How Discarded Computers Are Poisoning Africa's Kids

"It's all moving faster and faster, and we're getting steamrolled," says John Pwamang, director of the Chemicals Control and Management Center at Ghana's Environmental Protection Agency. The agency is located in a crumbling concrete building. On the way to Pwamang's office, visitors must first climb a stairway that must at one point have been green, then pass a defective bathroom and a conference room with brown drapes reduced to tatters. Three waste bins stand in the hall -- a brown one for paper, a gray one for plastic, and another brown one for everything else. The country, however, doesn't have a working recycling system. It looks as though Pwamang's agency still has a few problems ahead of it.

Pwamang's eyes are hardly visible behind his thick bifocals. He speaks softly, which also helps him appear milder than he actually is. "You Europeans dig your feet into the ground," he says. "What are we supposed to do with the toxins you send us? We can't dispose of them. You have the facilities. Working computers are fine, but many of the very old ones don't even last a year here. Why don't you halt the flow of junk?"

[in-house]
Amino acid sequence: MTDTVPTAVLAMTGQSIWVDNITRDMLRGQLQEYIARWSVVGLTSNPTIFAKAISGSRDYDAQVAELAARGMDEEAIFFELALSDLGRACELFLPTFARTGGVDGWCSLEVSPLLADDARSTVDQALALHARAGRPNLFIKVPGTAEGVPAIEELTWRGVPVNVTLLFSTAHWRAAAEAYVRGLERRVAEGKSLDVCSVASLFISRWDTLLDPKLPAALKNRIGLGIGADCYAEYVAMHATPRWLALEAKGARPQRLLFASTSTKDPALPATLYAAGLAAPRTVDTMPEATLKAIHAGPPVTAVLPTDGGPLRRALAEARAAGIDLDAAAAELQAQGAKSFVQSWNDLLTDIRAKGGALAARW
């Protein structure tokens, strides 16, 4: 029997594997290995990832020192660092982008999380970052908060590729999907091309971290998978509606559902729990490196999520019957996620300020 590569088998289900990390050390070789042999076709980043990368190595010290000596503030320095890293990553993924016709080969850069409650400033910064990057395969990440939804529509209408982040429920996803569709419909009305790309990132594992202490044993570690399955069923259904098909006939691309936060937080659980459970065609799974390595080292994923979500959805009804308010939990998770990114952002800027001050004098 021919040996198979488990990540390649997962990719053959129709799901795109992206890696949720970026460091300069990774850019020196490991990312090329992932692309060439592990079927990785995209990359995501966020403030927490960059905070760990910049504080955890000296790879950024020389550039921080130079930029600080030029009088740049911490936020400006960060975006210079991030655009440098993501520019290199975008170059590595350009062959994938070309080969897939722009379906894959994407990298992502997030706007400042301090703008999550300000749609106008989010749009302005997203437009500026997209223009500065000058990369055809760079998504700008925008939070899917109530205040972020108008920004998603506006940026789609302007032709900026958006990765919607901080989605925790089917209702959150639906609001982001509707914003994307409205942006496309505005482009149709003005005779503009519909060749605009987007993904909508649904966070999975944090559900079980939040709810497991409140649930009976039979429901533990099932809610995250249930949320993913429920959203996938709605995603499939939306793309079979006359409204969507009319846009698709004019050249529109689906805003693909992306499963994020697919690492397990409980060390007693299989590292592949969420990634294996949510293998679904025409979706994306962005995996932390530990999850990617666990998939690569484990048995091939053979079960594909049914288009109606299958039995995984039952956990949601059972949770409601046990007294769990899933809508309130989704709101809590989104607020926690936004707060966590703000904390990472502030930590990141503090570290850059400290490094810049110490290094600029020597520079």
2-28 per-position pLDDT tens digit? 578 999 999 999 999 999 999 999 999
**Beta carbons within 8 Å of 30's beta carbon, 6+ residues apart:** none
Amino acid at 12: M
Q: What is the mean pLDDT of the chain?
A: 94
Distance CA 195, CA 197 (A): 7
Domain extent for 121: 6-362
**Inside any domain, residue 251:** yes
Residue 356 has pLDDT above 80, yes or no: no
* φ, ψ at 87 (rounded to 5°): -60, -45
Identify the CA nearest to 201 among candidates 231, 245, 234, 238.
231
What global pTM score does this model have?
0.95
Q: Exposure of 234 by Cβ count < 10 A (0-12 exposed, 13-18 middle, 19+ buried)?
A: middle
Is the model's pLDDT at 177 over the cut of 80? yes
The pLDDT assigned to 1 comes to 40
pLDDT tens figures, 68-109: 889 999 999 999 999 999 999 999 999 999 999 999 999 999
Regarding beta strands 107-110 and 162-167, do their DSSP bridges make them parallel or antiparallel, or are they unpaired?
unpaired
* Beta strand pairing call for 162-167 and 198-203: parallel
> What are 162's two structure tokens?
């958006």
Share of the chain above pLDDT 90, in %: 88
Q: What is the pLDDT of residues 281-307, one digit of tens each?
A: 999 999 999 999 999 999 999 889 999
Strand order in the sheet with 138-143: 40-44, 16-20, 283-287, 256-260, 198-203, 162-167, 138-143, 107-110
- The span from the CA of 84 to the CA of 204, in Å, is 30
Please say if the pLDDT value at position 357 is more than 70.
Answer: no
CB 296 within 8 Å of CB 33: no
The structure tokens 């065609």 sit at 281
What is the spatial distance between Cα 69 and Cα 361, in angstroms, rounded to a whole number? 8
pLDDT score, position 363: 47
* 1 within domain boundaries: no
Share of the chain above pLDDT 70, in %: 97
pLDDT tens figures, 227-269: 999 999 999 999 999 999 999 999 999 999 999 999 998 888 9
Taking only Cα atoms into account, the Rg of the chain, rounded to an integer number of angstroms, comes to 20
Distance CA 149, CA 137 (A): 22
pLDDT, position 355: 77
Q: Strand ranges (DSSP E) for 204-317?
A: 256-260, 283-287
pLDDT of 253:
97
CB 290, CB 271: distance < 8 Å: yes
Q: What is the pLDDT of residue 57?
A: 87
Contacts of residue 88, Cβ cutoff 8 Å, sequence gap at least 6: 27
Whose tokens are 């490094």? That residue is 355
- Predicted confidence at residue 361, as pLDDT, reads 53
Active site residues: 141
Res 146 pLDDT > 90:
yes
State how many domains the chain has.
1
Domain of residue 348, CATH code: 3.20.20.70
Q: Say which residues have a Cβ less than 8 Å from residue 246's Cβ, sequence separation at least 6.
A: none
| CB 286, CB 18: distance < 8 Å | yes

Pwamang can't prove that the lead and dioxin are killing the children. Hardly anyone over 25 works at the fires by the black river. And there are no studies on the issue. Greenpeace has admittedly identified and quantified the toxins, but didn't examine their direct effects. "The children are sick," Pwamang says. "There are heavy metals there, there are toxins. A study would be good, but I know that even without a study that it's disastrous."

And yet, despite it all, the kids in Sodom sometimes seem to have fun. The older boys play football every evening in an open space between the fires, a couple of joists forming the goals and emptied out computer monitors marking the corners of the field. The players sprint and dive through the fumes from the fires. They're not just playing for fun, but also for their futures, as many Ghanaians have left to play for professional leagues in the West. It's a crazy dream, but for many of the young people here, a dream is the only thing that allows them to escape now and then.

Bismarck's friend Danjuma has the same dream, of course. He'd love to train for the sport, despite the pains in his chest, but he doesn't have the money for a ball. Perhaps that's for the best, though. In order to run, he would have to breathe deeply.

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